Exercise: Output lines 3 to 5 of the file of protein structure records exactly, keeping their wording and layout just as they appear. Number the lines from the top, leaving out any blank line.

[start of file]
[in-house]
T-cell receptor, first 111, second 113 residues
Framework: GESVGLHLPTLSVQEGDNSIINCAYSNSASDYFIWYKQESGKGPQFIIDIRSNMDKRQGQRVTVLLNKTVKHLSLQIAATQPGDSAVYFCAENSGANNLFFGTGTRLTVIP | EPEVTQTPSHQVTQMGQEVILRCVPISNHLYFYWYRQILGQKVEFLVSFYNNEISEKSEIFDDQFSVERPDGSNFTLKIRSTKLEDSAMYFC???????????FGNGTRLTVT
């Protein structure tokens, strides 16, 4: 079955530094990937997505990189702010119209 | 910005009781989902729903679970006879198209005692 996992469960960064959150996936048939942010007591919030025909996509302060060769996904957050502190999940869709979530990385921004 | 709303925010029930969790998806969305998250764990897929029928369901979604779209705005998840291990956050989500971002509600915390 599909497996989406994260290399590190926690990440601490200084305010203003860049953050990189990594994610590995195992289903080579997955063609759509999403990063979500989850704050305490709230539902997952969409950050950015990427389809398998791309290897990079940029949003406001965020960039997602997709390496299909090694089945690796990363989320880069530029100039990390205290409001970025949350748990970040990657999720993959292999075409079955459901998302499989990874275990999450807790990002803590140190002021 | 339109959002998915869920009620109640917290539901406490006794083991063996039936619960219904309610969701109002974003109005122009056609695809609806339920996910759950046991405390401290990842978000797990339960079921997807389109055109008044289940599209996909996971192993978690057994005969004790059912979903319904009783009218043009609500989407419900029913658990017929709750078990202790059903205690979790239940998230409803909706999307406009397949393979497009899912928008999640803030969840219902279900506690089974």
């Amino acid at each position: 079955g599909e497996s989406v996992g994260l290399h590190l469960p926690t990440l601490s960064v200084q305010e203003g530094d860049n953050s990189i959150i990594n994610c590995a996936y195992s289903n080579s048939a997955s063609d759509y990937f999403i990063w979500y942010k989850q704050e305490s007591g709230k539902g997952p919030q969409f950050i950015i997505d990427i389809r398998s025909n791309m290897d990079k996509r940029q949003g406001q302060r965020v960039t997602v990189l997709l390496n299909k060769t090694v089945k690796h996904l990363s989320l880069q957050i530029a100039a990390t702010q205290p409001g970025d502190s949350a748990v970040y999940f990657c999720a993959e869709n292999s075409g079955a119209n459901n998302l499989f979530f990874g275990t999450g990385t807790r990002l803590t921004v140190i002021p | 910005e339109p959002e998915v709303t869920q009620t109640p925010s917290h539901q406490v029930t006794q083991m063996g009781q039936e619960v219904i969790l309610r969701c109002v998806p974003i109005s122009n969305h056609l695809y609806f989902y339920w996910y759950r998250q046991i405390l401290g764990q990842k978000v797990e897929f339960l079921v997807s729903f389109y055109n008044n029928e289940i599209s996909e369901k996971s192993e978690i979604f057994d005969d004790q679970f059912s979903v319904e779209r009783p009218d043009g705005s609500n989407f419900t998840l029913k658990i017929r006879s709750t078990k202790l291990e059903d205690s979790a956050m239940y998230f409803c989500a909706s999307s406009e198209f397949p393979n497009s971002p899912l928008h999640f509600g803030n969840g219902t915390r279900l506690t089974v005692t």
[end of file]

Framework: GESVGLHLPTLSVQEGDNSIINCAYSNSASDYFIWYKQESGKGPQFIIDIRSNMDKRQGQRVTVLLNKTVKHLSLQIAATQPGDSAVYFCAENSGANNLFFGTGTRLTVIP | EPEVTQTPSHQVTQMGQEVILRCVPISNHLYFYWYRQILGQKVEFLVSFYNNEISEKSEIFDDQFSVERPDGSNFTLKIRSTKLEDSAMYFC???????????FGNGTRLTVT
């Protein structure tokens, strides 16, 4: 079955530094990937997505990189702010119209 | 910005009781989902729903679970006879198209005692 996992469960960064959150996936048939942010007591919030025909996509302060060769996904957050502190999940869709979530990385921004 | 709303925010029930969790998806969305998250764990897929029928369901979604779209705005998840291990956050989500971002509600915390 599909497996989406994260290399590190926690990440601490200084305010203003860049953050990189990594994610590995195992289903080579997955063609759509999403990063979500989850704050305490709230539902997952969409950050950015990427389809398998791309290897990079940029949003406001965020960039997602997709390496299909090694089945690796990363989320880069530029100039990390205290409001970025949350748990970040990657999720993959292999075409079955459901998302499989990874275990999450807790990002803590140190002021 | 339109959002998915869920009620109640917290539901406490006794083991063996039936619960219904309610969701109002974003109005122009056609695809609806339920996910759950046991405390401290990842978000797990339960079921997807389109055109008044289940599209996909996971192993978690057994005969004790059912979903319904009783009218043009609500989407419900029913658990017929709750078990202790059903205690979790239940998230409803909706999307406009397949393979497009899912928008999640803030969840219902279900506690089974």
């Amino acid at each position: 079955g599909e497996s989406v996992g994260l290399h590190l469960p926690t990440l601490s960064v200084q305010e203003g530094d860049n953050s990189i959150i990594n994610c590995a996936y195992s289903n080579s048939a997955s063609d759509y990937f999403i990063w979500y942010k989850q704050e305490s007591g709230k539902g997952p919030q969409f950050i950015i997505d990427i389809r398998s025909n791309m290897d990079k996509r940029q949003g406001q302060r965020v960039t997602v990189l997709l390496n299909k060769t090694v089945k690796h996904l990363s989320l880069q957050i530029a100039a990390t702010q205290p409001g970025d502190s949350a748990v970040y999940f990657c999720a993959e869709n292999s075409g079955a119209n459901n998302l499989f979530f990874g275990t999450g990385t807790r990002l803590t921004v140190i002021p | 910005e339109p959002e998915v709303t869920q009620t109640p925010s917290h539901q406490v029930t006794q083991m063996g009781q039936e619960v219904i969790l309610r969701c109002v998806p974003i109005s122009n969305h056609l695809y609806f989902y339920w996910y759950r998250q046991i405390l401290g764990q990842k978000v797990e897929f339960l079921v997807s729903f389109y055109n008044n029928e289940i599209s996909e369901k996971s192993e978690i979604f057994d005969d004790q679970f059912s979903v319904e779209r009783p009218d043009g705005s609500n989407f419900t998840l029913k658990i017929r006879s709750t078990k202790l291990e059903d205690s979790a956050m239940y998230f409803c989500a909706s999307s406009e198209f397949p393979n497009s971002p899912l928008h999640f509600g803030n969840g219902t915390r279900l506690t089974v005692t």